Johnson visited Hong Kong with Christie’s for the November kick-off event. In his view, Asian attendees were generally familiar with the Rockefeller name beforehand, but not with the family’s decades-long commitment to bettering circumstances in China. “What Christie’s was really able to do was to supply details that were convincing, so that when we said, ‘The results of this auction and other portions of David’s personal estate would be going to philanthropic activities,’” it had a “particular resonance.”
Christie’s wove different stories from the family history elsewhere. In the Persian Gulf, for instance, Porter says that the house presented the Rockefellers as a blueprint for how to build culture by deploying vast wealth “into universities, museums, [and] medical institutions,” just as the Rockefellers did by founding the University of Chicago, the Museum of Modern Art, and Rockefeller University and its hospital. In his words, “This model of how you turn a fortune into a betterment of the nation… was an appealing way to talk to the Gulf states about [the collection].”
The pitches multiplied from there. In France, Christie’s emphasized the Rockefellers’ major contributions to restoring Versailles and Fontainebleau. In Israel, they framed the sale around the family’s sponsorship of archaeological digs throughout the Middle East—many of the discoveries from which now reside in Jerusalem’s Rockefeller Museum, founded in 1930.
To hear Johnson tell it, the possibilities were nearly endless. “The only country where I didn’t find something that was Rockefeller related—and I’ve been to 50 or 60 countries—was Bhutan in the Himalayas, and of course that had been closed off to everybody for 100 years, so nobody ever got there!” he says. “Every place else, there was some little thing that was Rockefeller-related that was very obvious. It’s just really, really amazing.”
Nor were the storylines strictly national. Christie’s also highlighted other themes capable of striking a chord with certain collectors, such as the construction and history of Rockefeller Center—a likely lure for born-and-bred New Yorkers—and the pivotal role the women of the Rockefeller family, especially Abby Aldrich Rockefeller and Dorothy Miller, played in creating MoMA—no doubt a timely narrative amid heightened awareness of women’s untold stories.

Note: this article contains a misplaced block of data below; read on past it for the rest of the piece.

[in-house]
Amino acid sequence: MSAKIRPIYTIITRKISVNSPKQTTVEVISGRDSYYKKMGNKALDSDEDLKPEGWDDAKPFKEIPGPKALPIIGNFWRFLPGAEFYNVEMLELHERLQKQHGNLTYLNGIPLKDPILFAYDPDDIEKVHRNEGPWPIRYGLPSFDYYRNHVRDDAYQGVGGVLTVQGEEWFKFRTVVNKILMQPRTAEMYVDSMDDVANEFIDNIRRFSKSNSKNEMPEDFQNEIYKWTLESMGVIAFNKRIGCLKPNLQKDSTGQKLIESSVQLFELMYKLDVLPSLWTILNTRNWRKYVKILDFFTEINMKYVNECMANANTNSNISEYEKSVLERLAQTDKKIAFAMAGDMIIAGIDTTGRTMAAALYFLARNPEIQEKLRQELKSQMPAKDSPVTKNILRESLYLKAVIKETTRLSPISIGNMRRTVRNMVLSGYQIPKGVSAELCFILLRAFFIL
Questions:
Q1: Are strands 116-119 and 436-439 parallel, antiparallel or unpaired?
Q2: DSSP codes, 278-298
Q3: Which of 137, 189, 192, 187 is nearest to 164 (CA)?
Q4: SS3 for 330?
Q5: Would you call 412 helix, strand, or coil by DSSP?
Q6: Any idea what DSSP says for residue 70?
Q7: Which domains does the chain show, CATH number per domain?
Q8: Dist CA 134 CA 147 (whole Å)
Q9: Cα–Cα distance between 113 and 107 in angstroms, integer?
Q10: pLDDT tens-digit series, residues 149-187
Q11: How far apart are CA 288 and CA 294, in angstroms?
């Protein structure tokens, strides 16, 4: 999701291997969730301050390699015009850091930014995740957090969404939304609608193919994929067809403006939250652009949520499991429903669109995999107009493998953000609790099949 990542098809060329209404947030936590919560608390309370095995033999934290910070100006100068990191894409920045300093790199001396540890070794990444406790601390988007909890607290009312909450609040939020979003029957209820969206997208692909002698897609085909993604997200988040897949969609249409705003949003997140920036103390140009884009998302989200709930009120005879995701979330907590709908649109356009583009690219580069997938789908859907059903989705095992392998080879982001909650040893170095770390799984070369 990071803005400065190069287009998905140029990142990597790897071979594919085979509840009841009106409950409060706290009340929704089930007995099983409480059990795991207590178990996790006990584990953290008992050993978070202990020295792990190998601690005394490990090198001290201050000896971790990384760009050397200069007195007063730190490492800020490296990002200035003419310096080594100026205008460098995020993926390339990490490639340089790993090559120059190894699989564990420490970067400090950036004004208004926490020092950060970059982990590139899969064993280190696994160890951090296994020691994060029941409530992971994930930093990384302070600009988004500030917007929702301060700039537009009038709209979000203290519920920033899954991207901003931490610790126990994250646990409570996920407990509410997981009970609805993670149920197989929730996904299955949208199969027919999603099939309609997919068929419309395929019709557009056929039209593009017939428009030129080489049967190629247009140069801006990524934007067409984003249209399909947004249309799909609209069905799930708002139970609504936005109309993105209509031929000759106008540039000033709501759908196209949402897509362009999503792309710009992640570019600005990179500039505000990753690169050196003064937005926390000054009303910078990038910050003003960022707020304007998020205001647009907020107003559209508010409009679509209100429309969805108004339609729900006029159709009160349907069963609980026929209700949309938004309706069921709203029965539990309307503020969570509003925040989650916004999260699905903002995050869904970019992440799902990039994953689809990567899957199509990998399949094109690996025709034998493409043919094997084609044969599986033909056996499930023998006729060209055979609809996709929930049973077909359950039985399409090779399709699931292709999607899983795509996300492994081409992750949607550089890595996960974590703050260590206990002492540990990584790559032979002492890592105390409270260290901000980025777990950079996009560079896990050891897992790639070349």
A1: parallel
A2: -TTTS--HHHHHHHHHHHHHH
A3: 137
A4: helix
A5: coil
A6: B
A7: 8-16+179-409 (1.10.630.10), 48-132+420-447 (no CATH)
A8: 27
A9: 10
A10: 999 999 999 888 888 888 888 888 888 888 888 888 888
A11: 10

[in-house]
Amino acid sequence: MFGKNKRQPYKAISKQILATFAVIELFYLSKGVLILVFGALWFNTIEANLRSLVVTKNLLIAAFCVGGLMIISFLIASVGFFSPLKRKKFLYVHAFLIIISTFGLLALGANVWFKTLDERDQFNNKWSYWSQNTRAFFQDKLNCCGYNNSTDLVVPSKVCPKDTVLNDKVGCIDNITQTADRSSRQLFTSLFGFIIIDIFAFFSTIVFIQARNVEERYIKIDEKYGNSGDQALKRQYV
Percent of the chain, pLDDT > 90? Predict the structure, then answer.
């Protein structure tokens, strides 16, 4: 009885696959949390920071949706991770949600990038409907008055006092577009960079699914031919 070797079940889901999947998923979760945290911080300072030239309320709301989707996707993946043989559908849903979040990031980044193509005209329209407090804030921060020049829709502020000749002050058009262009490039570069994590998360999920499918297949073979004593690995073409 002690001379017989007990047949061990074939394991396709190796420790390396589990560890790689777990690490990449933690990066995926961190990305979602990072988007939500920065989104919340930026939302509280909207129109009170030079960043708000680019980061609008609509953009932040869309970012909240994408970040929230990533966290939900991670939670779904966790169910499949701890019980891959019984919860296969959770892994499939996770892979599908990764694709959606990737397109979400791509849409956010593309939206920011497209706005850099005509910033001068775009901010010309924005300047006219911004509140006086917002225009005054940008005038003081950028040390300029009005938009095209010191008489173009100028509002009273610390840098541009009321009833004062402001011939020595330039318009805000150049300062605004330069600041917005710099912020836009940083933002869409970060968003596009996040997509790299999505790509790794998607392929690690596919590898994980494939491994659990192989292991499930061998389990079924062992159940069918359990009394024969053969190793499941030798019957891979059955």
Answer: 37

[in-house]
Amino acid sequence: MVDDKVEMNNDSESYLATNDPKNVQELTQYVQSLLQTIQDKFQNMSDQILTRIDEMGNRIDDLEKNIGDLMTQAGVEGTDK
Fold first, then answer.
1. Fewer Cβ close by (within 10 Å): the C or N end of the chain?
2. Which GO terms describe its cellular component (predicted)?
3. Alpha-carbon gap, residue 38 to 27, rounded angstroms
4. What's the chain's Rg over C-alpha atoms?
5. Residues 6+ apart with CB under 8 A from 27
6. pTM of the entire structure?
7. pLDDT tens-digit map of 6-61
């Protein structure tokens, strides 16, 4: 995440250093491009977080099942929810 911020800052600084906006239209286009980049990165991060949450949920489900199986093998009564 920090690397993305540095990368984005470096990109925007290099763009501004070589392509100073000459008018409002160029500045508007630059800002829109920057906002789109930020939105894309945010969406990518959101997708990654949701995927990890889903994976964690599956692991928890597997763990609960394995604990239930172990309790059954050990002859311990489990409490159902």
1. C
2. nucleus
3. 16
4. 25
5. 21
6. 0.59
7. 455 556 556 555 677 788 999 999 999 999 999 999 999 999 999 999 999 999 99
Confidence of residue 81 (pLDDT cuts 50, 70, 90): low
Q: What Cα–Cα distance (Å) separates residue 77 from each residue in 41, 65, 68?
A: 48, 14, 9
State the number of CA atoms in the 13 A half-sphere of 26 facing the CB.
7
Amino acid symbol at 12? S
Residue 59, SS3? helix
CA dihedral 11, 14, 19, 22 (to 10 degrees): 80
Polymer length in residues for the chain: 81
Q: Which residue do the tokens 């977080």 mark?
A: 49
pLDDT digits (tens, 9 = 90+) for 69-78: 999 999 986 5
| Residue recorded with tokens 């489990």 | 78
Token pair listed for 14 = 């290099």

Johnson gives most of the credit for the final storytelling and marketing strategy to Christie’s. “They knew what they needed,” he explains. “I simply pointed them in the right direction, and if they went over the line too much one way or the other, I’d try to bring them back.”
Porter, however, directs the accolades back to the Rockefellers themselves. “They gave us the stories, if you were a careful reader,” he says. “You found these themes revealed themselves through these collections.”
Time was also a factor. The house normally has six to eight weeks to market specific auctions, but Christie’s enjoyed a full year with the Rockefellers’ history—an extraordinary luxury that no doubt affected the campaign’s breadth and depth. Yet Porter emphasized that the myth-making process itself would have been fundamentally the same no matter the deadline. “What is at the core of how we approach every piece of business,” he explains, “is that there is an underlying story to tell about collectors and their works of art”—a story that “brings life to” and “excites” their peers on the buy side.
And with two of the three live Rockefeller auctions still to come as of this writing, the first $646 million in sales only qualifies as these intertwined narratives’ first act. True, the work, its provenance, and other external factors always matter. But in the art market, we should never underestimate the power of a good story—or several.